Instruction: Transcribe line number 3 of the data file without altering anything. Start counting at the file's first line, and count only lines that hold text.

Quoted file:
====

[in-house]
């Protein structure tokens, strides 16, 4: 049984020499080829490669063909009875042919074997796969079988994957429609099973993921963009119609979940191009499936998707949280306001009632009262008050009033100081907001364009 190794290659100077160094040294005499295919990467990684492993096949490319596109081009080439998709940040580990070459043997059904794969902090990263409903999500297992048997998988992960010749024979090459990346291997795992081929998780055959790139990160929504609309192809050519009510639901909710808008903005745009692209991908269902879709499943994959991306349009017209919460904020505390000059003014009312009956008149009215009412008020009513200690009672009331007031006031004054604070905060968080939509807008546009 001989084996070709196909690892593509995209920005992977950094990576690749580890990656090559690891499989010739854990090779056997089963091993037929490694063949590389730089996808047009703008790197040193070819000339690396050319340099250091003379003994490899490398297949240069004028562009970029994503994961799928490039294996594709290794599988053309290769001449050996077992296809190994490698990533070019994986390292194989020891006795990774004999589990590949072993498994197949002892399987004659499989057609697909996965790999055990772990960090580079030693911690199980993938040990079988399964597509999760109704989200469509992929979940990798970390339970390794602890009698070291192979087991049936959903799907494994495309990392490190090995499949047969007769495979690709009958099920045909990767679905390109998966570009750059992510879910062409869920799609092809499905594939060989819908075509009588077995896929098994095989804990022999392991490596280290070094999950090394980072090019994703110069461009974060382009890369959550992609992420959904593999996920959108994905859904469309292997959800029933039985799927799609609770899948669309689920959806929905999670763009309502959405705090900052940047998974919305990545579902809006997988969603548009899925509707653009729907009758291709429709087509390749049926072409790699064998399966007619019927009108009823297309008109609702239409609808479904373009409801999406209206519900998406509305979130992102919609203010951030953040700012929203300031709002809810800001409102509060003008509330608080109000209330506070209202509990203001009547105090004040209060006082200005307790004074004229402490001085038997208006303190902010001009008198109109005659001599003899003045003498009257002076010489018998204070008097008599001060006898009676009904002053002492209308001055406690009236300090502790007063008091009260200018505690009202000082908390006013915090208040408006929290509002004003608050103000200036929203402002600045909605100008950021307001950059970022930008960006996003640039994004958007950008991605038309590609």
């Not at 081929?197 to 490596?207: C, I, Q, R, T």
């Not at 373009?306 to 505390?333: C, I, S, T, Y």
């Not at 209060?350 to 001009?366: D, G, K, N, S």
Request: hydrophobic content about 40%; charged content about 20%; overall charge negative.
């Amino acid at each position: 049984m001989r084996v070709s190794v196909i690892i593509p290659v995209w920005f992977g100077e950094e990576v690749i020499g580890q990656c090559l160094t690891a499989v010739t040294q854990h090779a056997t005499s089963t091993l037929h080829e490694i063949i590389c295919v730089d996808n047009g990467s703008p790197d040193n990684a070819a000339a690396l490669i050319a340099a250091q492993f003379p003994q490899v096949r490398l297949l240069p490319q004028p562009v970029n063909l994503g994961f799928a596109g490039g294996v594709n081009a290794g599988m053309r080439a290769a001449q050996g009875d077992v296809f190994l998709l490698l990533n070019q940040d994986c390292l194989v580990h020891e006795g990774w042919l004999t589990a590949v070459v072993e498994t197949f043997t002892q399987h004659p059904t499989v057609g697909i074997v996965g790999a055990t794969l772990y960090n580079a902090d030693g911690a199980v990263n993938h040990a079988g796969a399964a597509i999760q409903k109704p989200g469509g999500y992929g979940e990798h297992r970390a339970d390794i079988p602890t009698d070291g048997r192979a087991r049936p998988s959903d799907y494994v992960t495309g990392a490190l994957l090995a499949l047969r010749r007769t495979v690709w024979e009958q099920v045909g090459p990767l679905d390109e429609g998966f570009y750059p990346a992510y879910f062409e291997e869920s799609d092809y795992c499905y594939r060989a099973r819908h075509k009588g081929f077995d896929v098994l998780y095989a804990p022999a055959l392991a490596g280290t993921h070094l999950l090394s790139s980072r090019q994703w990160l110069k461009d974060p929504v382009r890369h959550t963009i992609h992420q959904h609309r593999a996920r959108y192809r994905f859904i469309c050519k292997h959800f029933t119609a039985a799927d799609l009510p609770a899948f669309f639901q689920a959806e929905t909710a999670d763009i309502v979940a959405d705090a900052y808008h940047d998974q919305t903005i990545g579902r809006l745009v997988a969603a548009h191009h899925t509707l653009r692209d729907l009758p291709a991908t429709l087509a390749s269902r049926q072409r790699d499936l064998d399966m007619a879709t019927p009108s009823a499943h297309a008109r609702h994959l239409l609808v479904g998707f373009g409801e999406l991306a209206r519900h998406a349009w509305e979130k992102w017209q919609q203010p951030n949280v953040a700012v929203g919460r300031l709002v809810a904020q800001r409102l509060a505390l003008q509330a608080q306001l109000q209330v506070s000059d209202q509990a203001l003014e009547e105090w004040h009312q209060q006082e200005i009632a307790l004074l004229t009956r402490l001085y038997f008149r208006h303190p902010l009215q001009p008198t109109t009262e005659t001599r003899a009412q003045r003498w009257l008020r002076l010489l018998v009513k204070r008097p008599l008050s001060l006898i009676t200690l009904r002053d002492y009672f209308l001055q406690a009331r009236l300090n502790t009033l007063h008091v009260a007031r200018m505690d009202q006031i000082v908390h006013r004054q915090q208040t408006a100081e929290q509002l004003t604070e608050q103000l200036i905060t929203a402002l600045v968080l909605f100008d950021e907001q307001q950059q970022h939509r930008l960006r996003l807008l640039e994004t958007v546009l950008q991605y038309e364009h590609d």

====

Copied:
């Not at 081929?197 to 490596?207: C, I, Q, R, T």